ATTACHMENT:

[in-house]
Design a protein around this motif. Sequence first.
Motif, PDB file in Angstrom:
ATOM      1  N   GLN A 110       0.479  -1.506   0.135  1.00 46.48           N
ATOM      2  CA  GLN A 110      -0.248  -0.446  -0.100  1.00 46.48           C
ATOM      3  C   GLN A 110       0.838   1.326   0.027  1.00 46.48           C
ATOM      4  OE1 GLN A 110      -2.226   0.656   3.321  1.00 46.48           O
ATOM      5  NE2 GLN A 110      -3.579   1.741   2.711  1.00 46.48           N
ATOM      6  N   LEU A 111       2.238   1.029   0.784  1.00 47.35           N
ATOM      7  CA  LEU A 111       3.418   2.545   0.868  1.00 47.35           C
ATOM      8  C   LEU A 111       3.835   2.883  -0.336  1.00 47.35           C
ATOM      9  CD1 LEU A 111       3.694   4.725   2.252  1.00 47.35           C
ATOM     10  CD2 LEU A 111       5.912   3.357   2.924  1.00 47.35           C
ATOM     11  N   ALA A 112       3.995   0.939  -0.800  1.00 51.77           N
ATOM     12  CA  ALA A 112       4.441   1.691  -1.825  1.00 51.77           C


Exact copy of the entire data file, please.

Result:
[in-house]
Design a protein around this motif. Sequence first.
Motif, PDB file in Angstrom:
ATOM      1  N   GLN A 110       0.479  -1.506   0.135  1.00 46.48           N
ATOM      2  CA  GLN A 110      -0.248  -0.446  -0.100  1.00 46.48           C
ATOM      3  C   GLN A 110       0.838   1.326   0.027  1.00 46.48           C
ATOM      4  OE1 GLN A 110      -2.226   0.656   3.321  1.00 46.48           O
ATOM      5  NE2 GLN A 110      -3.579   1.741   2.711  1.00 46.48           N
ATOM      6  N   LEU A 111       2.238   1.029   0.784  1.00 47.35           N
ATOM      7  CA  LEU A 111       3.418   2.545   0.868  1.00 47.35           C
ATOM      8  C   LEU A 111       3.835   2.883  -0.336  1.00 47.35           C
ATOM      9  CD1 LEU A 111       3.694   4.725   2.252  1.00 47.35           C
ATOM     10  CD2 LEU A 111       5.912   3.357   2.924  1.00 47.35           C
ATOM     11  N   ALA A 112       3.995   0.939  -0.800  1.00 51.77           N
ATOM     12  CA  ALA A 112       4.441   1.691  -1.825  1.00 51.77           C